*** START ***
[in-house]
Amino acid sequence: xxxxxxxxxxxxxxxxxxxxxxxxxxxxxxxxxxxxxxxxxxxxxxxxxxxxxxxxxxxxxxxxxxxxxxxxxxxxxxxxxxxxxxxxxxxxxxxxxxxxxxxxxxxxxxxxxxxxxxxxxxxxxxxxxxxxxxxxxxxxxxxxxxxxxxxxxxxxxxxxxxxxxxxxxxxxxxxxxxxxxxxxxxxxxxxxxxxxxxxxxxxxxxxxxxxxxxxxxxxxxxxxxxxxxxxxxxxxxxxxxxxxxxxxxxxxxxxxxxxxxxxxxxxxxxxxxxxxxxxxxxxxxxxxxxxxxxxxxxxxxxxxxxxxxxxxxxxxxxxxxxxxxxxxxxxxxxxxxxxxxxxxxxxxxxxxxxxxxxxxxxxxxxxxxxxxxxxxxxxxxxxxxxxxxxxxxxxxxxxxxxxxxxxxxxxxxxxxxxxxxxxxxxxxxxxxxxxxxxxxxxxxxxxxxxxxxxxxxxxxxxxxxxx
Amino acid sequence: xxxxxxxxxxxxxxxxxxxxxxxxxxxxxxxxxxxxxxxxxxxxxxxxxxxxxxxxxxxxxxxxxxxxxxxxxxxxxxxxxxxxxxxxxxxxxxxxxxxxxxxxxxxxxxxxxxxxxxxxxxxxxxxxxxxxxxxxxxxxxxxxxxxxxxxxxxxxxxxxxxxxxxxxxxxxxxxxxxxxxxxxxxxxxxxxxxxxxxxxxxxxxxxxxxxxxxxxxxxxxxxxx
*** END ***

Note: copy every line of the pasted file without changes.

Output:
[in-house]
Amino acid sequence: xxxxxxxxxxxxxxxxxxxxxxxxxxxxxxxxxxxxxxxxxxxxxxxxxxxxxxxxxxxxxxxxxxxxxxxxxxxxxxxxxxxxxxxxxxxxxxxxxxxxxxxxxxxxxxxxxxxxxxxxxxxxxxxxxxxxxxxxxxxxxxxxxxxxxxxxxxxxxxxxxxxxxxxxxxxxxxxxxxxxxxxxxxxxxxxxxxxxxxxxxxxxxxxxxxxxxxxxxxxxxxxxxxxxxxxxxxxxxxxxxxxxxxxxxxxxxxxxxxxxxxxxxxxxxxxxxxxxxxxxxxxxxxxxxxxxxxxxxxxxxxxxxxxxxxxxxxxxxxxxxxxxxxxxxxxxxxxxxxxxxxxxxxxxxxxxxxxxxxxxxxxxxxxxxxxxxxxxxxxxxxxxxxxxxxxxxxxxxxxxxxxxxxxxxxxxxxxxxxxxxxxxxxxxxxxxxxxxxxxxxxxxxxxxxxxxxxxxxxxxxxxxxxx
Amino acid sequence: xxxxxxxxxxxxxxxxxxxxxxxxxxxxxxxxxxxxxxxxxxxxxxxxxxxxxxxxxxxxxxxxxxxxxxxxxxxxxxxxxxxxxxxxxxxxxxxxxxxxxxxxxxxxxxxxxxxxxxxxxxxxxxxxxxxxxxxxxxxxxxxxxxxxxxxxxxxxxxxxxxxxxxxxxxxxxxxxxxxxxxxxxxxxxxxxxxxxxxxxxxxxxxxxxxxxxxxxxxxxxxxxx